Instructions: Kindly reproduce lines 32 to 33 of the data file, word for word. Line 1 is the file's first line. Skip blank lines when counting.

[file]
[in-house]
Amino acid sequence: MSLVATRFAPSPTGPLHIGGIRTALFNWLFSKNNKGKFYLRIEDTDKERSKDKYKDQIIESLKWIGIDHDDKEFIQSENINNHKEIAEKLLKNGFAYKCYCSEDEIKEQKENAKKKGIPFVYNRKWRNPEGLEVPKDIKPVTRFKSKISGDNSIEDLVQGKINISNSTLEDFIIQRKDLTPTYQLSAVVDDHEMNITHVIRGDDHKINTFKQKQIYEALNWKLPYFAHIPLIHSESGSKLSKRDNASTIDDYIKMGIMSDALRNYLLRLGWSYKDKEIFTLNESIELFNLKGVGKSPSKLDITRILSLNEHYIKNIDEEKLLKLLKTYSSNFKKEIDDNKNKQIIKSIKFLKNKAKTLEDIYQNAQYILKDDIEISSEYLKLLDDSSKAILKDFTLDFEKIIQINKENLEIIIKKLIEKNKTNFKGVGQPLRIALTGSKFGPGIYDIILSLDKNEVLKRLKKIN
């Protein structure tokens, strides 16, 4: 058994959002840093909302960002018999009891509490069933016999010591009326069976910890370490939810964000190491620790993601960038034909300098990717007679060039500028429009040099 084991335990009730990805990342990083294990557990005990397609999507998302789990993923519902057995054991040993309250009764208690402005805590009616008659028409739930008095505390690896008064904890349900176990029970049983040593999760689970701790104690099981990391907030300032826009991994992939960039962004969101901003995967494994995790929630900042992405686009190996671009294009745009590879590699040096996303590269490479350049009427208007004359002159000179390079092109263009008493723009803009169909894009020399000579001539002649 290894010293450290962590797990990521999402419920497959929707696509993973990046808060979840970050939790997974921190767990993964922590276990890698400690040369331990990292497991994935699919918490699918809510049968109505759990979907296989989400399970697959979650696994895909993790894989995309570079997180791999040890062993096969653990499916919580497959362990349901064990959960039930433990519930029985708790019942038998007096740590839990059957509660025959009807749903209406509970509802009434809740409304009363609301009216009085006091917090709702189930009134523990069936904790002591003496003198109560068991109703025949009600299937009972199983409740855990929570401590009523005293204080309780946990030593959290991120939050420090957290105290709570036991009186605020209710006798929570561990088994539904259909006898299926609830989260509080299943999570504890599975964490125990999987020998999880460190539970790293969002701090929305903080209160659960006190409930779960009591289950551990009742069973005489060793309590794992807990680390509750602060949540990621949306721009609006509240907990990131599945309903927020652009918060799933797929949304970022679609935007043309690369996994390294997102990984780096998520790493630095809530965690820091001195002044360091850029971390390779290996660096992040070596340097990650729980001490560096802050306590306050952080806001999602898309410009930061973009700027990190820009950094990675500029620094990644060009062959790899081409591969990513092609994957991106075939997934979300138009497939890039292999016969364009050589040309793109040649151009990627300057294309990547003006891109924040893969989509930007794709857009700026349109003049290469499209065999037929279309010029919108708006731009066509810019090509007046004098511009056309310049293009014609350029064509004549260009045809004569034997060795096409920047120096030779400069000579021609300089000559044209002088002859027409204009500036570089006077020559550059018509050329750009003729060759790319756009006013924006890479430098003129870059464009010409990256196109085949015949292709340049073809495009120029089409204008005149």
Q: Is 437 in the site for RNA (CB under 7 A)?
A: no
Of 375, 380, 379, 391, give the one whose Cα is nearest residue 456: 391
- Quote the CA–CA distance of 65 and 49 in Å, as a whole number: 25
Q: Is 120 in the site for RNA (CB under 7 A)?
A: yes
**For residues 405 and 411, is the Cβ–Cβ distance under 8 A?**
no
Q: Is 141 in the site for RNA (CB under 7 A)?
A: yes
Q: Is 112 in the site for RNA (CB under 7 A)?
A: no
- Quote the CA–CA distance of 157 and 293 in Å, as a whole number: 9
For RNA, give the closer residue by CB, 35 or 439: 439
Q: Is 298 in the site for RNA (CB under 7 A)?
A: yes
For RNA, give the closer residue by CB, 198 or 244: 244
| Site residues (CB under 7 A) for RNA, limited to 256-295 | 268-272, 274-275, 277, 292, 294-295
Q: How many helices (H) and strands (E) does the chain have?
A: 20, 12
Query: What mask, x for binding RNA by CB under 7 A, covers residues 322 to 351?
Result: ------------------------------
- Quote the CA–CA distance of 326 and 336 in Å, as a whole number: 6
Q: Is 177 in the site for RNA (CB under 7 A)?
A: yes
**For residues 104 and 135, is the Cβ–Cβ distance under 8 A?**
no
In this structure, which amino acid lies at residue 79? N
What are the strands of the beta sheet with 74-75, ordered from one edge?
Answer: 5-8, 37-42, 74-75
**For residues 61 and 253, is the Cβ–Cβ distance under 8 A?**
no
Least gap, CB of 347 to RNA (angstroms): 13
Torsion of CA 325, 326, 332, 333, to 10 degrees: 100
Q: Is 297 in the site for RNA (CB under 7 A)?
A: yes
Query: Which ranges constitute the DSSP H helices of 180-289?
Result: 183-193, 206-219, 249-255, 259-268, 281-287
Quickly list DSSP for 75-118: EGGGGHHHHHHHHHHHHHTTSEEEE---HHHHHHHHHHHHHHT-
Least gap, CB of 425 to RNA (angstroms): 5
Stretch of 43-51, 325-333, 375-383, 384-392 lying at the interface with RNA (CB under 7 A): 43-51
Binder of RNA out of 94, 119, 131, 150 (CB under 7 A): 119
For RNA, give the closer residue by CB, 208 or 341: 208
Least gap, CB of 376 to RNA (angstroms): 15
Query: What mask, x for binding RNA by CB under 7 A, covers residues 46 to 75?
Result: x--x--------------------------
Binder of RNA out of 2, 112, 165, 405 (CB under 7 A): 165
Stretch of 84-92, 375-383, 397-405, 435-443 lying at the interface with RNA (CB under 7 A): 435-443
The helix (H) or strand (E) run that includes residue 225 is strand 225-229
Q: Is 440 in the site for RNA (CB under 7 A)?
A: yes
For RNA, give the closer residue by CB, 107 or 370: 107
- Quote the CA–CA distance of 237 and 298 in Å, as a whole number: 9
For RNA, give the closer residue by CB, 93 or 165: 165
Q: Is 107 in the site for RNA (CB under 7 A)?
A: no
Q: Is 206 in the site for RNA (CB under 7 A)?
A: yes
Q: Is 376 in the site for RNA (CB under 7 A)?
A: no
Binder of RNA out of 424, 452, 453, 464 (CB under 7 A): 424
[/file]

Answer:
What are the strands of the beta sheet with 74-75, ordered from one edge?
Answer: 5-8, 37-42, 74-75